Passion Flower bouquet farm

Fresh, fragrant, distinctive blooms from farm to you

What’s in your fridge? Conditioning Flowers

Flower Farm Update

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Techniques to make your cut flowers last.

Tips for Conditioning Flowers offered by the New York Botanical Society:

  • The most important rule for conditioning flowers is to let them stand in a cool place out of direct sunlight in tepid water for several hours–preferably overnight. Add some cut-flower food. This will extend their bloom time by several days.
  • Cut all stems on a 45-degree angle. You are increasing the surface area for the water to get to the flower.
  • Woody stemmed branches from flowering trees and shrubs need to have the ends of their stems split. Split the bottom of each stem by making a 1/2 to one-inch vertical cut.
  • For long-lasting hydrangeas, submerge them in a bowl of cold water (head down) for one hour to help firm their petals. Let the flowers drip dry, cut their stems at a 45-degree angle, and place stems in warm water overnight.
  • Daffodils exude a clear sap that can kill other flowers. Cut these flowers and soak them separately in a vase for one hour before adding them to your arrangements. Warning: the sap can be a skin irritant.
  • Cut off the thick white section on the bottom of the stems of bulbs for better water absorption.
  • Some plants such as spurge, blood flower, and poinsettia contain a milky sap that can also be a skin irritant. To condition these flowers, sear the end with a match or dunk in boiling water for 15 seconds.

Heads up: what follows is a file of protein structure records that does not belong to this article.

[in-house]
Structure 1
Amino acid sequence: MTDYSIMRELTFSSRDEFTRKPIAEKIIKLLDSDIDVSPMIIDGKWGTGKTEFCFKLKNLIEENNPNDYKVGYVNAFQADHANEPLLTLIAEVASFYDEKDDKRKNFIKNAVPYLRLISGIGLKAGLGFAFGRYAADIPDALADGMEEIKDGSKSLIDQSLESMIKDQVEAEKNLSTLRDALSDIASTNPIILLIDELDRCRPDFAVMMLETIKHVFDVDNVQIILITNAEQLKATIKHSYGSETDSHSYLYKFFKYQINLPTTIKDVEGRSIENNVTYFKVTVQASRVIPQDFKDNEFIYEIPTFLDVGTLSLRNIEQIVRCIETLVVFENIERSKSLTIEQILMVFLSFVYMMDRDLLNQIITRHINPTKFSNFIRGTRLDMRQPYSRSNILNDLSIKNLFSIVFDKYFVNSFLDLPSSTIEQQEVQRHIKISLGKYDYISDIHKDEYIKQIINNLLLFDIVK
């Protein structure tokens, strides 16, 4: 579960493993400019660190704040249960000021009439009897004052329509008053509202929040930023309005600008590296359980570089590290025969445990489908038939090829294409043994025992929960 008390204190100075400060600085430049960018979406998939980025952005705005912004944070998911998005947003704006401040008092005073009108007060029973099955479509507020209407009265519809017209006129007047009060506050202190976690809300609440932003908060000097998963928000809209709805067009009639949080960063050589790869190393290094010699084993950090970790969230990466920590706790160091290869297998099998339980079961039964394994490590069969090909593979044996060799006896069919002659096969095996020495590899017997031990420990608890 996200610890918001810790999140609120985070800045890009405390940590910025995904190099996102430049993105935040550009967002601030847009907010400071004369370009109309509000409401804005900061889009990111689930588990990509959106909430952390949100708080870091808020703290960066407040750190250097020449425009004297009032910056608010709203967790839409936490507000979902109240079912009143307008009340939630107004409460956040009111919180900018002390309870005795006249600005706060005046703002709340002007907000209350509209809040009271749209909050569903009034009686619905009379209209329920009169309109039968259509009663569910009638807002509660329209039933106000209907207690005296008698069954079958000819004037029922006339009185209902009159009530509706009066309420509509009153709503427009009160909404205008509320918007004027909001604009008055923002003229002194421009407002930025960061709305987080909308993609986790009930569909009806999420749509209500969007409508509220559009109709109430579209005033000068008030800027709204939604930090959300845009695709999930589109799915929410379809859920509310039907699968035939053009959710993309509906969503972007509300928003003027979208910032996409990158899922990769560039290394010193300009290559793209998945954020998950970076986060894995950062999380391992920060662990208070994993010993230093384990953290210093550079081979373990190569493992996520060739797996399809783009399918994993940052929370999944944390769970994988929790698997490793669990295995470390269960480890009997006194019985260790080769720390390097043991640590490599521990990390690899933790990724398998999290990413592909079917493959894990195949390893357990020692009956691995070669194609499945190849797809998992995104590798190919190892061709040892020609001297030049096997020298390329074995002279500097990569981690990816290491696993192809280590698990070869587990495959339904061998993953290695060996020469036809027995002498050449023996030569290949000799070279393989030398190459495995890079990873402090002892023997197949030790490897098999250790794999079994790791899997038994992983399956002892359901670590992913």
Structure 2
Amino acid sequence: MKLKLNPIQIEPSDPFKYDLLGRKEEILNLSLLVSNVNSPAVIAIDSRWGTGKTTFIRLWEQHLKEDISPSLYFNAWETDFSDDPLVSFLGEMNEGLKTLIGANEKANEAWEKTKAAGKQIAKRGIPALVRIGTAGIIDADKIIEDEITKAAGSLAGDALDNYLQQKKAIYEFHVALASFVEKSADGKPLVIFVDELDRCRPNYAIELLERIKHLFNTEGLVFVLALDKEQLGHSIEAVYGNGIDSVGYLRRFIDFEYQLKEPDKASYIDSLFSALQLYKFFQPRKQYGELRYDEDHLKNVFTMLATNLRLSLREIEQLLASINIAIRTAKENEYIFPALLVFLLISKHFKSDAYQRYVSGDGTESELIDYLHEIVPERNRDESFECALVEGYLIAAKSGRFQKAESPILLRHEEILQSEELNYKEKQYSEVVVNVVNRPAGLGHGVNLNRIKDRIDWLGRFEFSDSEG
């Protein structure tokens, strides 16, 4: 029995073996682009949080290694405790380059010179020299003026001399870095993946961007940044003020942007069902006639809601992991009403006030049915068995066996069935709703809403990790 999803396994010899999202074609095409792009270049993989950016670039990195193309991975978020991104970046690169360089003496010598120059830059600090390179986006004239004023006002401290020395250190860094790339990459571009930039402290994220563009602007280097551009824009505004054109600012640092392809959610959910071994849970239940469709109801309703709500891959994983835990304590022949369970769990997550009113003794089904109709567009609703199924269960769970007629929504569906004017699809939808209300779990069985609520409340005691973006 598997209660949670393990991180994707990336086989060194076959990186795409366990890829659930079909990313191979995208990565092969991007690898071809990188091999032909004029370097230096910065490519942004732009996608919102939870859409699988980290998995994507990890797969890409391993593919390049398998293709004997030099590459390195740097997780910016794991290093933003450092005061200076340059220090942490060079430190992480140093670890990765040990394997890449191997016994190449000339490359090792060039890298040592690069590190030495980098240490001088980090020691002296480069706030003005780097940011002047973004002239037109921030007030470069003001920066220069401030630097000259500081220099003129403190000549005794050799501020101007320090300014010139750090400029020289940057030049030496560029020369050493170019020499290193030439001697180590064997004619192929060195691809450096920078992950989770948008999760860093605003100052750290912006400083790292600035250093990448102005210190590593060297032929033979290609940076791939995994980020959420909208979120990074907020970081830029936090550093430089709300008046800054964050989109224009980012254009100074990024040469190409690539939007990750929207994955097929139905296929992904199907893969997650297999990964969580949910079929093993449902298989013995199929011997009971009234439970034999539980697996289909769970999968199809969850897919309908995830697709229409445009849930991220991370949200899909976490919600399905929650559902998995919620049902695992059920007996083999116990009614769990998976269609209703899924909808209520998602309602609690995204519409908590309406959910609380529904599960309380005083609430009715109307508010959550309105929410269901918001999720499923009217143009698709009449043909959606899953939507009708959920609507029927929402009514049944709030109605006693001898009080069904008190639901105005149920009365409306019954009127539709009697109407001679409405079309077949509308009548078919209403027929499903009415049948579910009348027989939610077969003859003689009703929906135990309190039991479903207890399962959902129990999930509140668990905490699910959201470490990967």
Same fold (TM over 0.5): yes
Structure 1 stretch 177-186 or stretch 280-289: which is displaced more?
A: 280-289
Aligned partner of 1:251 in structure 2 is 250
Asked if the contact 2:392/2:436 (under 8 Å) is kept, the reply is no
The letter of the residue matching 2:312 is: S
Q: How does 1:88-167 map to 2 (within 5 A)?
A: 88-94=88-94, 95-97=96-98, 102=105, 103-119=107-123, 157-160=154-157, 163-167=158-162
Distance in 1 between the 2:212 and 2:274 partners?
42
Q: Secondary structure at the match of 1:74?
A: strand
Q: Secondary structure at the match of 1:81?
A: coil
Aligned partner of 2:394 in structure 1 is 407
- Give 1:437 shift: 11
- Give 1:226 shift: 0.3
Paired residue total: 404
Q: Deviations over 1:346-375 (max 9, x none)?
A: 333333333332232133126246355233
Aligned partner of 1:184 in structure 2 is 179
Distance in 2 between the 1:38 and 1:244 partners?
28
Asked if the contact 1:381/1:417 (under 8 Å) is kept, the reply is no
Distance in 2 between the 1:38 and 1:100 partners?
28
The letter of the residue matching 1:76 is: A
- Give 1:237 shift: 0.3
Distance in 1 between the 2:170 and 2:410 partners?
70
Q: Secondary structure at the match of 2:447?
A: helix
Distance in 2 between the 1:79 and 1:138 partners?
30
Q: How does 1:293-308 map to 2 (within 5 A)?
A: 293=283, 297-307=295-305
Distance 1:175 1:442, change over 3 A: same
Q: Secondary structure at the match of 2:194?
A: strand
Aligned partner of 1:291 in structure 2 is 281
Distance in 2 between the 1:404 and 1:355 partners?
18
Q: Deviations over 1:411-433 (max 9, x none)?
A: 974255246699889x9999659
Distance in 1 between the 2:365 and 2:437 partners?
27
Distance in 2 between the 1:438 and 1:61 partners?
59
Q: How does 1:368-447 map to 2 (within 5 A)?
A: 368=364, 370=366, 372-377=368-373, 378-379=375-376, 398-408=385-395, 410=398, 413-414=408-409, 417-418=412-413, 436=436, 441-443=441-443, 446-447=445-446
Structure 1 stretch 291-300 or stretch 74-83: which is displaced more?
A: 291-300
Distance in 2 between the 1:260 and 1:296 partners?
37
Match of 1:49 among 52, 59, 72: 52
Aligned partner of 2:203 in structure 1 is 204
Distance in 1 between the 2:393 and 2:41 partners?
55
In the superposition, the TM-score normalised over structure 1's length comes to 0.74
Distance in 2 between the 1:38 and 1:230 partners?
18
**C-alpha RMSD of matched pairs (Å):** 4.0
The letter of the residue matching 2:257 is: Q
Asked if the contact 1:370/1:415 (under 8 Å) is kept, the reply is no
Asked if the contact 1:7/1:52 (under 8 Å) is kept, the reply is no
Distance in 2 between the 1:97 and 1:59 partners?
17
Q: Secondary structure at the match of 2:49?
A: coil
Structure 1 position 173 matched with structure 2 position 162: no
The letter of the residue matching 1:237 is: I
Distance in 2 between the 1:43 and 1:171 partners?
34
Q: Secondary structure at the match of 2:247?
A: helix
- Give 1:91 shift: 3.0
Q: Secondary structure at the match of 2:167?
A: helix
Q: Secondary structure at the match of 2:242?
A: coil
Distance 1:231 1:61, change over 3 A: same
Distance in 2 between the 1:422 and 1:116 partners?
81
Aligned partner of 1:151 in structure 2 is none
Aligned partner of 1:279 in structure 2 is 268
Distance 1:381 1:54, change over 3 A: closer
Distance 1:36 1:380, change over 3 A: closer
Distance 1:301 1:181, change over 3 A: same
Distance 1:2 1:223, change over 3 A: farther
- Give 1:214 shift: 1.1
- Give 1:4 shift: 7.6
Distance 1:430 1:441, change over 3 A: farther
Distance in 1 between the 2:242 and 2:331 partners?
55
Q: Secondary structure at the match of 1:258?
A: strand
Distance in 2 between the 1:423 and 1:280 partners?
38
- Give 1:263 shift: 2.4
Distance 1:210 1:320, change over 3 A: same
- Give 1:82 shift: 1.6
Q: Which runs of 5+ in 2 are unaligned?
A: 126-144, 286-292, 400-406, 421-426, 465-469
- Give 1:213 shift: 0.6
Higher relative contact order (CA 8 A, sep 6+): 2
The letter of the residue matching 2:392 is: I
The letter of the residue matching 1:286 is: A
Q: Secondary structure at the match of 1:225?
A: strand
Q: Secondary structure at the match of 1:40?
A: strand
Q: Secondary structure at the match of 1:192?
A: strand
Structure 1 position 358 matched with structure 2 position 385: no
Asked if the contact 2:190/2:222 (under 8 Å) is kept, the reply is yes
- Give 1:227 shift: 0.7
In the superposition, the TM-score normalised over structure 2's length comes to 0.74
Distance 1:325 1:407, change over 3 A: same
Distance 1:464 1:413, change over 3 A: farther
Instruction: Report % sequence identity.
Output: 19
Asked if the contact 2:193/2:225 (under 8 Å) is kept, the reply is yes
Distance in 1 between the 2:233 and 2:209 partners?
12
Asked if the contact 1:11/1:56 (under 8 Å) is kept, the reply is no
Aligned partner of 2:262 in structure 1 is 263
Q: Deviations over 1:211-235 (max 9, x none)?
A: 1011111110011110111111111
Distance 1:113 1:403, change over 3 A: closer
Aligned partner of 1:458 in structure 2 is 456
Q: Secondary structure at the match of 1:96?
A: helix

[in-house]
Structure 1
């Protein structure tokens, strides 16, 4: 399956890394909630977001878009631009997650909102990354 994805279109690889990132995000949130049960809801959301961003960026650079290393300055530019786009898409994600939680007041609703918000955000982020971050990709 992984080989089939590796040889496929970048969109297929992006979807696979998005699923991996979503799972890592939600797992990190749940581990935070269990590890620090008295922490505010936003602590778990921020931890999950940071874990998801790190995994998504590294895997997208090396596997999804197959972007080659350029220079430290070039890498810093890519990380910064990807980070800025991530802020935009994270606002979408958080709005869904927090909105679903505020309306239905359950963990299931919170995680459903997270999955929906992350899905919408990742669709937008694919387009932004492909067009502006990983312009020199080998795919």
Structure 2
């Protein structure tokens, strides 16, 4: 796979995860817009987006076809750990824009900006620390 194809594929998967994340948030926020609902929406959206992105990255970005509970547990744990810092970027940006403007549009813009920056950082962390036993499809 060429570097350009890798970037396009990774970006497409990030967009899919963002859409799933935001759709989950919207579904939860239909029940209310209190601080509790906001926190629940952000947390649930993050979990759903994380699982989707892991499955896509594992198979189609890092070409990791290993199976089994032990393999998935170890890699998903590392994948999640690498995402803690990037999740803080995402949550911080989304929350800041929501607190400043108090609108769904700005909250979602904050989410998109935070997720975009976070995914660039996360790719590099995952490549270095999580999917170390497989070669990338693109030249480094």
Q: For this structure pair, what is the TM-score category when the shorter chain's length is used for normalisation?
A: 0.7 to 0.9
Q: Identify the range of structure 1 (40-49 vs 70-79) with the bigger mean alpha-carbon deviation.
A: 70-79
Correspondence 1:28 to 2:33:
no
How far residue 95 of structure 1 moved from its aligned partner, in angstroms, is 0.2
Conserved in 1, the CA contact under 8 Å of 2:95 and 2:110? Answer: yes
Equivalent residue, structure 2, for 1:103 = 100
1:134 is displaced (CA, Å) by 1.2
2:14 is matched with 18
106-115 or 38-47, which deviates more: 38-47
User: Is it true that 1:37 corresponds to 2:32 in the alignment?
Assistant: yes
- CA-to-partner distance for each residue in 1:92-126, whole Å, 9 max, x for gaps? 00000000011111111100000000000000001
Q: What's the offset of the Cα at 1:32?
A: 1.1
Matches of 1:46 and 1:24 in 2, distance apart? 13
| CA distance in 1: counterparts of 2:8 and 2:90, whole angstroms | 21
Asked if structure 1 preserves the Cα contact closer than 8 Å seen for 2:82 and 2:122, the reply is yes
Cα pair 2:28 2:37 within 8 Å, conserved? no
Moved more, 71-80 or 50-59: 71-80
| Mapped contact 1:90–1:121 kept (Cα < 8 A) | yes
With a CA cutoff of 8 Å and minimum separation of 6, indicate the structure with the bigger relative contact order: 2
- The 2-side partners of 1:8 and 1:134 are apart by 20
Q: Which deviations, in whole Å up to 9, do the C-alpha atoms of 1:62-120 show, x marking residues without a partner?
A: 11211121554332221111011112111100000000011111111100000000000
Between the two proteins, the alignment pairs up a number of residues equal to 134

• Plants with thin stems that tend to bend are best bundled together and left to sit for several hours in water before being placed in an arrangement. Tulips are a classic example.
  • Another tip for tulips if they start to droop is to take a pin and prick a small hole in the stem just below the flower. I gave this tip to my mother and she now swears by it.
  • Some flowers such as delphiniums, lupines, and amaryllis have hollow stems. Place a thin stick or wire up the stems or fill the stems with water and cover with a cotton ball at the base bound by a rubber band.
  • Cut carnations between the nodes on the stem for better water conduction.
  • Floral preservative always helps to extend the life of your bouquet. For a homemade recipe try 1 teaspoon of sugar, 1 teaspoon of household bleach, and 2 teaspoons of lemon juice per 1 quart of lukewarm water. The sugar is food, the bleach keeps it clean and the lemon juice keeps it acidic which helps with the uptake of water.

Fresh, Local Seasonal Flowers!

Flower Menu for July 24th:

Statice Yarrow
Euphorbias Zinnias
Echinacea Bouquet Dill
Gaillardia Afgan Poppy Pods

and more…

*Bouquet/Bucket Subscribers: Don’t forget to let me know if you want your bouquet this week, for those that have, I will see you Thursday!

Wine, Cheese and FlowersBon Chic!!

Offering fresh cut flowers on Guido’s patio, 12th & Main
Every Thursday, 4 to 7pm

*In case of rain, look for me inside the 12th St. (south) entrance of the building.

Lisa Bourey
Bouquet Farmer

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Lisa Laree Bourey/Passion Flower Bouquet Farm
616 Ford Drive
Durango, CO 81301unsubscribe from this list update subscription preferencesThis email was sent to vumu675webu
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Author: lisa laree bourey

Horticultural Artist, Bouquet Farmer, Botanista

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